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Platform barrow and saucer barrow 350m ESE of Blackcap

List Entry Summary

This monument is scheduled under the Ancient Monuments and Archaeological Areas Act 1979 as amended as it appears to the Secretary of State to be of national importance. This entry is a copy, the original is held by the Department for Digital, Culture, Media and Sport.

Name: Platform barrow and saucer barrow 350m ESE of Blackcap

List entry Number: 1012621


The monument may lie within the boundary of more than one authority.

County: East Sussex

District: Lewes

District Type: District Authority

Parish: St. John (Without)

National Park: SOUTH DOWNS

Grade: Not applicable to this List entry.

Date first scheduled: 09-Oct-1981

Date of most recent amendment: 10-May-1991

Legacy System Information

The contents of this record have been generated from a legacy data system.

Legacy System: RSM

UID: 12798

Asset Groupings

This list entry does not comprise part of an Asset Grouping. Asset Groupings are not part of the official record but are added later for information.

List entry Description

Summary of Monument

Legacy Record - This information may be included in the List Entry Details.

Reasons for Designation

Saucer barrows and platform barrows are funerary monuments of the Early Bronze Age. They occur either in isolation or in barrow cemeteries (closely-spaced groups of round barrows) and were constructed as circular ditches with slight outer banks and a low mound in the interior. In the case of the saucer barrow and the central mound took the form of a low dome, while in the case of the platform barrow it formed a flat-topped raised area. The mounds covered one or more burials, either inhumations or cremations, which were usually placed in central pits and which were often accompanied by pottery vessels, tools and personal ornaments. Saucer barrows are rare nationally, with only about 60 examples known, most of which are in Wessex. Platform barrows are rarer still, fewer then 50 examples having been recorded nationally. They were constructed as low, flat-topped mounds of earth surrounded by a shallow ditch. None of the known examples stands higher then 1m above the general ground level, and most are considerably lower than this. They occur across southern Britain but show a marked concentration in East and West Sussex. These types of barrow provide an insight into the diversity of beliefs and social organisation in Bronze Age society. Due to their extreme rarity and considerable fragility, all identified saucer and platform barrows are normally be considered to be of national importance.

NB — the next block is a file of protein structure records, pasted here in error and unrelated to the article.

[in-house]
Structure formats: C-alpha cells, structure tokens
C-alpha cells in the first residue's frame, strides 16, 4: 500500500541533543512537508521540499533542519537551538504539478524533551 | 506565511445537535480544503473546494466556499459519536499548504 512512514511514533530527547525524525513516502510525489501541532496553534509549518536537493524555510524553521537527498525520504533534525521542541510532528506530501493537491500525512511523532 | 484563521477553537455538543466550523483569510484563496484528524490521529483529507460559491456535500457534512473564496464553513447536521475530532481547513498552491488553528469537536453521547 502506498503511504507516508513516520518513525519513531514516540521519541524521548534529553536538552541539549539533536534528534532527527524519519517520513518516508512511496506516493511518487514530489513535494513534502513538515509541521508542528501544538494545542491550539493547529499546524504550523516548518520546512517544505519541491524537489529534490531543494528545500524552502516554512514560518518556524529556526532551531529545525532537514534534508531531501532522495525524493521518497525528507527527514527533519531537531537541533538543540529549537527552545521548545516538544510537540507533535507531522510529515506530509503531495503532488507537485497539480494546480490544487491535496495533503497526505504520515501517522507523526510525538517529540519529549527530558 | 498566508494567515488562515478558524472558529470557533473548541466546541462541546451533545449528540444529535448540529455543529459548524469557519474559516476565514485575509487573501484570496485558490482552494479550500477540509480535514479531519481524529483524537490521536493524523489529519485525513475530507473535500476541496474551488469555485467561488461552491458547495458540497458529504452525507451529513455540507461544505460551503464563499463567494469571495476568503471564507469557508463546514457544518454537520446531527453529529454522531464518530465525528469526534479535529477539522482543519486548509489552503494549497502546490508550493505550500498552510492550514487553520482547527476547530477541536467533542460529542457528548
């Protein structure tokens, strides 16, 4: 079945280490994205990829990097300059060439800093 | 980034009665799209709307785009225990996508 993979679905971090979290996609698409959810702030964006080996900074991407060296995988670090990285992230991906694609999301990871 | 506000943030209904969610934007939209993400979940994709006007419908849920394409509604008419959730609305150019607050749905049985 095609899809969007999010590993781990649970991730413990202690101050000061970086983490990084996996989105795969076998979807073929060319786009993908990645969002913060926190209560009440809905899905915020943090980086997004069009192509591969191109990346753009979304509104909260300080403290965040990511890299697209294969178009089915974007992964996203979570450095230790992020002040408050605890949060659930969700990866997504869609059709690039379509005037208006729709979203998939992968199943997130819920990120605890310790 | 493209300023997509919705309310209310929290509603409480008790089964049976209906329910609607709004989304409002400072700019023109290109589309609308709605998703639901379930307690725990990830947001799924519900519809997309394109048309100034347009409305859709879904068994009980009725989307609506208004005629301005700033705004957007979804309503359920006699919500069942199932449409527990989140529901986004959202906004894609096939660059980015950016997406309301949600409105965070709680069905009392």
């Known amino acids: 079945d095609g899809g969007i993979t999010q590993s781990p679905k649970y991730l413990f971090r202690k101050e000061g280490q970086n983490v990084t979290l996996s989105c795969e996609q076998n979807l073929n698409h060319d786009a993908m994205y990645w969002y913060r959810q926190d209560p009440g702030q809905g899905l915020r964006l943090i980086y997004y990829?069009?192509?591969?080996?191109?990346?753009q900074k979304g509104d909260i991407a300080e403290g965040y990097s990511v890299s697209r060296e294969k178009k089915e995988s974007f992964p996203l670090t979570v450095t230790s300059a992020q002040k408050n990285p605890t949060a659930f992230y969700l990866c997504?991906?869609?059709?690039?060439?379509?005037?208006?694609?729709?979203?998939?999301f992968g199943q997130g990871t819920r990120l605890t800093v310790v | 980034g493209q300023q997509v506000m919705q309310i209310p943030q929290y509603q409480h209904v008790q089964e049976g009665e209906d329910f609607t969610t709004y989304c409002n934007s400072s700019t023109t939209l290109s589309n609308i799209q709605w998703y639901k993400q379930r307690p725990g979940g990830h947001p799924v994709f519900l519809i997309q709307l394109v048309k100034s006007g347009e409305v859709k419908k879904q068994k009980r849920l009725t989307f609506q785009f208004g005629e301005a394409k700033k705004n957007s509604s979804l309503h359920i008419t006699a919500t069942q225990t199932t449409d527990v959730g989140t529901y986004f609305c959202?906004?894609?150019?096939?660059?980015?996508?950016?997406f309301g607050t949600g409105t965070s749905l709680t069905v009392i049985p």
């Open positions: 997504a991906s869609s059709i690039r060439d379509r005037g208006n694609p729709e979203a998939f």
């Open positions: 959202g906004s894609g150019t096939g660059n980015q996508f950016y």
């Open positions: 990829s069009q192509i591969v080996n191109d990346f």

Legacy Record - This information may be included in the List Entry Details.


The monument includes a pair of Bronze Age burial mounds -- a saucer barrow and a platform barrow -- near the summit of Blackcap. The more easterly of the pair measures 14m in total diameter. The central mound, only 10-15cm above the level of the surrounding ground, is defined by a shallow circular ditch to 0.30m in depth. The ditch is in turn encircled by a bank 0.10m in height and 1.5m across. The form of this feature allows it to be classified as a saucer barrow because of its similarity to an upturned saucer. Thirteen metres west of this example is the second feature, 15m in total diameter, which has no outer bank but takes the form of a shallow ditch surrounding a raised platform up to 0.20m above the surrounding ground level. The ditch is just 0.15m deep and is most easily visible on the eastern and south-western sides. The flat-topped central area allows this example to be classified as a platform barrow.

MAP EXTRACT The site of the monument is shown on the attached map extract.

Selected Sources

TQ 31 SE 11 A,
TQ 31 SE 11 B,

National Grid Reference: TQ 37721 12345


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The above map is for quick reference purposes only and may not be to scale. For a copy of the full scale map, please see the attached PDF - 1012621 .pdf

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This copy shows the entry on 21-Sep-2018 at 10:40:10.

End of official listing